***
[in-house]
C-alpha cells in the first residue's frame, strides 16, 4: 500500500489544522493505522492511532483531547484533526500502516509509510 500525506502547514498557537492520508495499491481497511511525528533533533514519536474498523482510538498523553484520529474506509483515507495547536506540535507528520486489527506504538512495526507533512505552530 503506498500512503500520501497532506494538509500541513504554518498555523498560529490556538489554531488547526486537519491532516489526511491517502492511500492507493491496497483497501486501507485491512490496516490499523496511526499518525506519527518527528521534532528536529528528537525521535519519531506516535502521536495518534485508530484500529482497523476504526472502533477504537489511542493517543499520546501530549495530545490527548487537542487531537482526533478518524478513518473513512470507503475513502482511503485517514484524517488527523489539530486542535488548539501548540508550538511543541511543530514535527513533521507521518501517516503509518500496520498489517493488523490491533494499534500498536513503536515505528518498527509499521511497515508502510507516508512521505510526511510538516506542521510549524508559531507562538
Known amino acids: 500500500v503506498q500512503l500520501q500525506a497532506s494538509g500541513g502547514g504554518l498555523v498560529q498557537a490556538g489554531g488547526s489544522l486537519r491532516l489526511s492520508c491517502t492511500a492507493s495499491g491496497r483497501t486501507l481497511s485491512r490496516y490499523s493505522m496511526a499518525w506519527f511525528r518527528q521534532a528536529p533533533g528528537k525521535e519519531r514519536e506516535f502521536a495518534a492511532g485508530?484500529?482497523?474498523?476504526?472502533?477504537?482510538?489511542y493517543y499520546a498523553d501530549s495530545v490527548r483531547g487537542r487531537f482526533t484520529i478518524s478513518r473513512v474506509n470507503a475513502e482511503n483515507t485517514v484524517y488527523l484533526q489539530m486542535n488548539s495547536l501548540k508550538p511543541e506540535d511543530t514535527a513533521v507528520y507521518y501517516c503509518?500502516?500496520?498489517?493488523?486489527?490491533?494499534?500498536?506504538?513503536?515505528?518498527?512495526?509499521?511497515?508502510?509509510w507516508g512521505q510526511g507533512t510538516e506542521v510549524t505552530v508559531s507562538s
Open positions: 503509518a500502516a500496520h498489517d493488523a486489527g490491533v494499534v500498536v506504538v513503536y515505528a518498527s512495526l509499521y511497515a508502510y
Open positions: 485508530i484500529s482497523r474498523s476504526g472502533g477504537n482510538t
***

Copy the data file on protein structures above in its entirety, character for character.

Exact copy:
[in-house]
C-alpha cells in the first residue's frame, strides 16, 4: 500500500489544522493505522492511532483531547484533526500502516509509510 500525506502547514498557537492520508495499491481497511511525528533533533514519536474498523482510538498523553484520529474506509483515507495547536506540535507528520486489527506504538512495526507533512505552530 503506498500512503500520501497532506494538509500541513504554518498555523498560529490556538489554531488547526486537519491532516489526511491517502492511500492507493491496497483497501486501507485491512490496516490499523496511526499518525506519527518527528521534532528536529528528537525521535519519531506516535502521536495518534485508530484500529482497523476504526472502533477504537489511542493517543499520546501530549495530545490527548487537542487531537482526533478518524478513518473513512470507503475513502482511503485517514484524517488527523489539530486542535488548539501548540508550538511543541511543530514535527513533521507521518501517516503509518500496520498489517493488523490491533494499534500498536513503536515505528518498527509499521511497515508502510507516508512521505510526511510538516506542521510549524508559531507562538
Known amino acids: 500500500v503506498q500512503l500520501q500525506a497532506s494538509g500541513g502547514g504554518l498555523v498560529q498557537a490556538g489554531g488547526s489544522l486537519r491532516l489526511s492520508c491517502t492511500a492507493s495499491g491496497r483497501t486501507l481497511s485491512r490496516y490499523s493505522m496511526a499518525w506519527f511525528r518527528q521534532a528536529p533533533g528528537k525521535e519519531r514519536e506516535f502521536a495518534a492511532g485508530?484500529?482497523?474498523?476504526?472502533?477504537?482510538?489511542y493517543y499520546a498523553d501530549s495530545v490527548r483531547g487537542r487531537f482526533t484520529i478518524s478513518r473513512v474506509n470507503a475513502e482511503n483515507t485517514v484524517y488527523l484533526q489539530m486542535n488548539s495547536l501548540k508550538p511543541e506540535d511543530t514535527a513533521v507528520y507521518y501517516c503509518?500502516?500496520?498489517?493488523?486489527?490491533?494499534?500498536?506504538?513503536?515505528?518498527?512495526?509499521?511497515?508502510?509509510w507516508g512521505q510526511g507533512t510538516e506542521v510549524t505552530v508559531s507562538s
Open positions: 503509518a500502516a500496520h498489517d493488523a486489527g490491533v494499534v500498536v506504538v513503536y515505528a518498527s512495526l509499521y511497515a508502510y
Open positions: 485508530i484500529s482497523r474498523s476504526g472502533g477504537n482510538t